This is a sponsored post on PCDN
Since the Kroc Institute for International Peace Studies began over 30 years ago, Apartheid has ended, the Berlin Wall has fallen, and Northern Ireland and Colombia have negotiated peace agreements to end decades of conflict. At the same time, this year alone has seen a wave of protest movements in contexts ranging from Hong Kong to Lebanon to Chile. Climate change, populism, extremism, and massive inequality present increasing threats around the world, highlighting the ongoing need for peacebuilders at all levels of society.
The master’s degree in international peace studies launched by the Kroc Institute at Notre Dame in 1987, and now part of the Master of Global Affairs (MGA) program at the University of Notre Dame’s Keough School, has developed distinctive commitments that define our character and a global alumni network that expands our reach.
To address these challenges, the Kroc Institute offers a peacebuilding curriculum and program with a number of distinguishing characteristics:
- The normative focus of our program is central: commitment to the common good, to integral human development, to peacebuilding, and to justice and human flourishing.
- The international and experiential diversity of our student body is one of the most salient aspects of our program. Each year 75% of our students come from outside the United States and arrive having been shaped by a variety of disciplinary backgrounds and life experiences.
- Financial support in the form of full scholarships and living expense stipends is available to all accepted students, enabling students of all economic backgrounds to participate in this excellent educational experience and to learn from one another.
- The interdisciplinary nature of peace studies allows us to connect faculty and students from diverse academic disciplines—including history, psychology, theology, political science, sociology, and anthropology—in the study of the causes of violence and paths to peace.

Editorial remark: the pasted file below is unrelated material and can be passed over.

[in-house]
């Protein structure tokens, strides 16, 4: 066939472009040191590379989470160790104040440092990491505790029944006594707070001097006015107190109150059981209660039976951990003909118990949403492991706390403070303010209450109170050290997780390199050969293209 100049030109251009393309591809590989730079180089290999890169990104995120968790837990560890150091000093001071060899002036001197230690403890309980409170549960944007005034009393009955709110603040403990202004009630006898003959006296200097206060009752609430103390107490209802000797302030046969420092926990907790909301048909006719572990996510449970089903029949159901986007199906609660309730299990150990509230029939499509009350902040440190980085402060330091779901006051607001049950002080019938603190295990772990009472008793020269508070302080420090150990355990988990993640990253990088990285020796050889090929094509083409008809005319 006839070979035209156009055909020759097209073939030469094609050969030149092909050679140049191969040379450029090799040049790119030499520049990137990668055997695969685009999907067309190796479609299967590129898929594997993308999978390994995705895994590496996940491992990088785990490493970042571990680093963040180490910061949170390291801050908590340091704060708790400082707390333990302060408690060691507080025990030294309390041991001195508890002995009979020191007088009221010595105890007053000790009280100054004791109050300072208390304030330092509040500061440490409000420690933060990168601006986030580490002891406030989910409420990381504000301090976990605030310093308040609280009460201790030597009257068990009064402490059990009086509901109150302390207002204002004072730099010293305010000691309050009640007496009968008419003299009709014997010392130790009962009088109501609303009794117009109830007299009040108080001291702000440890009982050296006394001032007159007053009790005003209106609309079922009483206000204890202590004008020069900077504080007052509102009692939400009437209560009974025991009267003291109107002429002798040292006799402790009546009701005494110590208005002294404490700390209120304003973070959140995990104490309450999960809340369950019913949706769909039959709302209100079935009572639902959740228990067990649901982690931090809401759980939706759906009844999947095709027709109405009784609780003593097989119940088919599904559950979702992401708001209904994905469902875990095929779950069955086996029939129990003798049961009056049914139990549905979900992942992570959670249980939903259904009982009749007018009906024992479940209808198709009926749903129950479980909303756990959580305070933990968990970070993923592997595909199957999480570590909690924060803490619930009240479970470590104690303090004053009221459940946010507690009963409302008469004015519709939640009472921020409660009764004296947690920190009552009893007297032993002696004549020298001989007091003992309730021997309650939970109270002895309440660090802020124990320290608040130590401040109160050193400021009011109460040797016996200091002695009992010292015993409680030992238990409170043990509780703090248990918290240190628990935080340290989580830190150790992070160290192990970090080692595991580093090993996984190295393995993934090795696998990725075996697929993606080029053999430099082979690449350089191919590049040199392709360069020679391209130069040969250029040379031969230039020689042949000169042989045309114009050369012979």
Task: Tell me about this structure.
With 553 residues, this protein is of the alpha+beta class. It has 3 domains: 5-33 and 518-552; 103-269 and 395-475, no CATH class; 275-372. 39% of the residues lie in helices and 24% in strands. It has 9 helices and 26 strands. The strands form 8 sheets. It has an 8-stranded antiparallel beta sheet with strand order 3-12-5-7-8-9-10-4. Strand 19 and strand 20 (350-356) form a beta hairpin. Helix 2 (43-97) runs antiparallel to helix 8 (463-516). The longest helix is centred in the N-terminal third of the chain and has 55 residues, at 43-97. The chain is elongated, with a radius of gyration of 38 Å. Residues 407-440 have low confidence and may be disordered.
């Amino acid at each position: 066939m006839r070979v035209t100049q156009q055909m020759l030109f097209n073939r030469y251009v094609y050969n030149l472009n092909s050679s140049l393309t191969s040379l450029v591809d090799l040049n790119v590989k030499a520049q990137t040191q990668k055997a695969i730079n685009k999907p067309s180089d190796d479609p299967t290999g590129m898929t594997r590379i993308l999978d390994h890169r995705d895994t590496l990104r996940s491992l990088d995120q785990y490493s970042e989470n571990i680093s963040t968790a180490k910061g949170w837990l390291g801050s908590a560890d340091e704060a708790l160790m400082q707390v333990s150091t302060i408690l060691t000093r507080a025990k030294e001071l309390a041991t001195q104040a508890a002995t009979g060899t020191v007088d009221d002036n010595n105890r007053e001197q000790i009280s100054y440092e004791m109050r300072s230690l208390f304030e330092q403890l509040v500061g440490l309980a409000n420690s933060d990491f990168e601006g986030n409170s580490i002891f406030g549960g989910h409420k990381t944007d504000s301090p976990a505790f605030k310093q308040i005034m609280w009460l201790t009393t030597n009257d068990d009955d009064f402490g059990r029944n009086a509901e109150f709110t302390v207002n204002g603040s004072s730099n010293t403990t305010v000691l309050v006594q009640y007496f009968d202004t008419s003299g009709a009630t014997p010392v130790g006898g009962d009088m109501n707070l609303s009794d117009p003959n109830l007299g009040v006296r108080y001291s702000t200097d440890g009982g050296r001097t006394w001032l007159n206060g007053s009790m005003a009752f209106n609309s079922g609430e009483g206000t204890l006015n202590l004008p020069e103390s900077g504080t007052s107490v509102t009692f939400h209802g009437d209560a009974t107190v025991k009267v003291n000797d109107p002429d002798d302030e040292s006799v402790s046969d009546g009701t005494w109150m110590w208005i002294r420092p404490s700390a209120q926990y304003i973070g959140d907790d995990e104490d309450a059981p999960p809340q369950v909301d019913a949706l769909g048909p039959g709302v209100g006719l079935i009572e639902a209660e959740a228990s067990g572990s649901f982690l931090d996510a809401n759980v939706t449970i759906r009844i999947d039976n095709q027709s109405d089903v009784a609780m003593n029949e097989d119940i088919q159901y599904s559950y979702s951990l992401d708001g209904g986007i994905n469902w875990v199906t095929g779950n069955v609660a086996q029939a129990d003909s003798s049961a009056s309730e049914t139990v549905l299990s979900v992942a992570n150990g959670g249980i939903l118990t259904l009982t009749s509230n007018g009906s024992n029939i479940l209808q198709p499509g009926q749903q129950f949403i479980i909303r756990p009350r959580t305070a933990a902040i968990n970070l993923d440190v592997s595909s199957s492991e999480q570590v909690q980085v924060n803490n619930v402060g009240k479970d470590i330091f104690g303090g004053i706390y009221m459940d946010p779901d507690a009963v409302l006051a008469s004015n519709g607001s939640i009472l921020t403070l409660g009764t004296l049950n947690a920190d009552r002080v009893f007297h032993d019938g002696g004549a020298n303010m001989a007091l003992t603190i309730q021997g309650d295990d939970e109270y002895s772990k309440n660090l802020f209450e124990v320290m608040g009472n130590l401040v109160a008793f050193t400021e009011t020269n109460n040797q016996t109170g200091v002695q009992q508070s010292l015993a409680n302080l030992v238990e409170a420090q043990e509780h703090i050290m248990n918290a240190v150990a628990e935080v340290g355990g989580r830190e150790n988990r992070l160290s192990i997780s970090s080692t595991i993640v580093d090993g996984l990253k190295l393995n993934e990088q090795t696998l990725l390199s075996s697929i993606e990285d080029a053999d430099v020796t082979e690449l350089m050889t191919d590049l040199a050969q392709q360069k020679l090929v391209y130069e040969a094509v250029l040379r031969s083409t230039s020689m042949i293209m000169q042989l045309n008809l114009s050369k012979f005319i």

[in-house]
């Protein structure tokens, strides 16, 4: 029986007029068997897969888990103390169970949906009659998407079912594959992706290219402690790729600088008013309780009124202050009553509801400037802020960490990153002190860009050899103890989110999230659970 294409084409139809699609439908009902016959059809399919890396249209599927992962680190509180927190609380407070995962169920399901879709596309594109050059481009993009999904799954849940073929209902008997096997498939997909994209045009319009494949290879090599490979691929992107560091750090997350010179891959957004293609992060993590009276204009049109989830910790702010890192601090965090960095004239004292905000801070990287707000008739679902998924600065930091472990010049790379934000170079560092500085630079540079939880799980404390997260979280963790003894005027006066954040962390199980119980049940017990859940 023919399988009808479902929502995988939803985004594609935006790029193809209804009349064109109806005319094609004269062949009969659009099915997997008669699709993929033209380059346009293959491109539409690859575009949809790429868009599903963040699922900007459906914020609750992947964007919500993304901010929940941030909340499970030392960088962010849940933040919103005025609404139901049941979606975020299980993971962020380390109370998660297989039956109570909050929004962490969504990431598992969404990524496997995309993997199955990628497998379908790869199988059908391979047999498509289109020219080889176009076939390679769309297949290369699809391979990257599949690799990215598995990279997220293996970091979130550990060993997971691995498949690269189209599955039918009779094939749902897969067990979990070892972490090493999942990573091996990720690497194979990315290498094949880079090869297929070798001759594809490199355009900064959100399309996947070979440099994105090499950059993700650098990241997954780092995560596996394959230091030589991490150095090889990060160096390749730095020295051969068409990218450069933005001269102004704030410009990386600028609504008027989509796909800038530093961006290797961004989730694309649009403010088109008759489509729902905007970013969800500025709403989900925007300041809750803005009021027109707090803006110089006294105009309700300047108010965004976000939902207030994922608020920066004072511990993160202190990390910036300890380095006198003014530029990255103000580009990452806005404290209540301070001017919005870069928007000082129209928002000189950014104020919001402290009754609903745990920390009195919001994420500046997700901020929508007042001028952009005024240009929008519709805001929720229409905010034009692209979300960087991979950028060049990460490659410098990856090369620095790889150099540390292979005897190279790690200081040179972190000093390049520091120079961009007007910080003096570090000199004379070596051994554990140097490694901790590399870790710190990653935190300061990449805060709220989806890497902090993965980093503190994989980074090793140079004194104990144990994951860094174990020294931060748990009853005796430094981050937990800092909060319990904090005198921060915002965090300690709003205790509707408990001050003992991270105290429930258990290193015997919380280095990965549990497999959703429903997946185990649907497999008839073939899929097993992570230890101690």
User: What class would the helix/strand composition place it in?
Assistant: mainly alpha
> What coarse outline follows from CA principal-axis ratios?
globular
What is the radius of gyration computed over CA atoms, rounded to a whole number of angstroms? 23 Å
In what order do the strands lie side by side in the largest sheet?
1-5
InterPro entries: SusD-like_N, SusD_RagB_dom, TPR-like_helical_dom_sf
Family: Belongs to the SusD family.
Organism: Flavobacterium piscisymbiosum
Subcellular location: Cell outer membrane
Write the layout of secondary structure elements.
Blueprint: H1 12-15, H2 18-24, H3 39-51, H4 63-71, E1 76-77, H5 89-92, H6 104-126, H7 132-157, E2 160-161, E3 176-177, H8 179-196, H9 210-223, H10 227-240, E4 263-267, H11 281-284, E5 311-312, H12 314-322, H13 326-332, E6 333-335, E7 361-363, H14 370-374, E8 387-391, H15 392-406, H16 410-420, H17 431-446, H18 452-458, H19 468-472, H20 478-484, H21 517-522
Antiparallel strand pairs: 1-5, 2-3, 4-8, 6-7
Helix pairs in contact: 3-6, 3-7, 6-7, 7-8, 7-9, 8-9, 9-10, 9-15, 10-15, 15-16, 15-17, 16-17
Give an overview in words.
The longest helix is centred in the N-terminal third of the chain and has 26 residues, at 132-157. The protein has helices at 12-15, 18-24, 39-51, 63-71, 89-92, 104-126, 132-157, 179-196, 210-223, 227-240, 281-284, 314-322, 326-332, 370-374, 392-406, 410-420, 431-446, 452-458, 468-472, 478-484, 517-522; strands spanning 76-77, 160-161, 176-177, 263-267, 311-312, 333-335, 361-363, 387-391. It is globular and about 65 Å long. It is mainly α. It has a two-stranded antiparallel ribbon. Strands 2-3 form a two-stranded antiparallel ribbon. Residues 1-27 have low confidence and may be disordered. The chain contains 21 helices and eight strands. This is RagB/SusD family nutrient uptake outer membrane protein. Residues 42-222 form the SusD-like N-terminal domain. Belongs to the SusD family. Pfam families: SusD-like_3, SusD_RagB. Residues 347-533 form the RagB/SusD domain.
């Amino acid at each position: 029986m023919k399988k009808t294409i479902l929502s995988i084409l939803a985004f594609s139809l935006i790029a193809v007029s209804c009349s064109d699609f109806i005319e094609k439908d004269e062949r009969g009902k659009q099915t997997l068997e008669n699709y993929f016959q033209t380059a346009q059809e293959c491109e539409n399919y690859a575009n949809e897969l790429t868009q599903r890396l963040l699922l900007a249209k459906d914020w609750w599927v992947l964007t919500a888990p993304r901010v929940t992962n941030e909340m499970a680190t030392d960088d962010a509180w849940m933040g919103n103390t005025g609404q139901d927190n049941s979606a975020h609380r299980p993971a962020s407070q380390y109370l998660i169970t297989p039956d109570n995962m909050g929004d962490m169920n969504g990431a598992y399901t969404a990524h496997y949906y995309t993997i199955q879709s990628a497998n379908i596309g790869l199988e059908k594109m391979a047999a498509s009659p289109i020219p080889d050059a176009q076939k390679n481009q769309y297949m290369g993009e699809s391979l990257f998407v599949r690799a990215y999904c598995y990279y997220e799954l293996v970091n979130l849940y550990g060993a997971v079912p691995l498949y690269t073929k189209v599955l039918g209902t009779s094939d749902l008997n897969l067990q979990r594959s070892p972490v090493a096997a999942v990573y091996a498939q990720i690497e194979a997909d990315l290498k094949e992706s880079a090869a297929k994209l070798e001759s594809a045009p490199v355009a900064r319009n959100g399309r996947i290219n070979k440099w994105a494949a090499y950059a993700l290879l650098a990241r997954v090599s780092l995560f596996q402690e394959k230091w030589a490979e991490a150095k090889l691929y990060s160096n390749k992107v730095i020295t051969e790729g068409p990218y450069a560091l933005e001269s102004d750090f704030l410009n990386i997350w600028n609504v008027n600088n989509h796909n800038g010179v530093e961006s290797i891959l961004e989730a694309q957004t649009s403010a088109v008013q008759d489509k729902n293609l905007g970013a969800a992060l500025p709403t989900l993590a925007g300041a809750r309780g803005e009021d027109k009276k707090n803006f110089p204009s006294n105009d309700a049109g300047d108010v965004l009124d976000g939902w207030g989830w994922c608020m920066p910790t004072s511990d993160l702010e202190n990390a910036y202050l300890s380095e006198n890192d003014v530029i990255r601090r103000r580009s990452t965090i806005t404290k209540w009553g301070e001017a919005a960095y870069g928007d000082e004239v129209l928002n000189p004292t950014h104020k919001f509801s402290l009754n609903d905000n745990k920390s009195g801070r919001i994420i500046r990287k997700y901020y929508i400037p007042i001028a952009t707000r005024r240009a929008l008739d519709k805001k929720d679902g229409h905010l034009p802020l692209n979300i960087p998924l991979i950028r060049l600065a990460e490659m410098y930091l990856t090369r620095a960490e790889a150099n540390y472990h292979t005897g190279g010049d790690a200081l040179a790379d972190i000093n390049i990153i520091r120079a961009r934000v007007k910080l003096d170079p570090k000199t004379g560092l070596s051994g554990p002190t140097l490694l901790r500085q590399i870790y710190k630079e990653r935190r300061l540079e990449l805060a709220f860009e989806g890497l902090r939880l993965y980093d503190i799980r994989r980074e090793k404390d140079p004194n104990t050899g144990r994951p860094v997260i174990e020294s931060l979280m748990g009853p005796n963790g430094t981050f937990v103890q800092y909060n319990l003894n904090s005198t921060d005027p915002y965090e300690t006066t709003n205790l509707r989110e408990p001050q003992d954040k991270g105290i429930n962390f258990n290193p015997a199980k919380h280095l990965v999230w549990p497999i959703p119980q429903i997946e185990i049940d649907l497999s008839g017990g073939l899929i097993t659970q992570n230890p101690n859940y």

- The importance of linking theory and practice led to development of the Kroc Institute’s distinctive 6-month field experience, which allows students to apply their learning on the ground midway through the two year program, helping students to develop into reflective practitioners with professional outlooks.
- More than 1,800 graduates (600 Master’s students) now form the Kroc Institute’s professional peacebuilding network. Spanning 91 countries from Afghanistan to Zimbabwe, Kroc alumni are able to connect with each other to share resources, questions, job postings, connections, and opportunities to network around the world.
Kroc alumni make an impact at every level: from grassroots community organizing to international policymaking. Their work addresses issues including human rights, international development, environmental justice, conflict transformation, and more.
Apply today to the Master of Global Affairs, International Peace Studies program and join our network of alumni working worldwide to advance justice and advocate for sustainable peace.
With questions about the Master of Global Affairs, International Peace Studies program, please contact Susan St. Ville, Director of the International Peace Studies Concentration at firstname.lastname@example.org.
Anne Hayner, the writer of this blog post, is the Associate Director for Alumni Relations at the Kroc Institute. She helps with professional development and facilitates connections for and between Kroc’s 1,800+ alumni.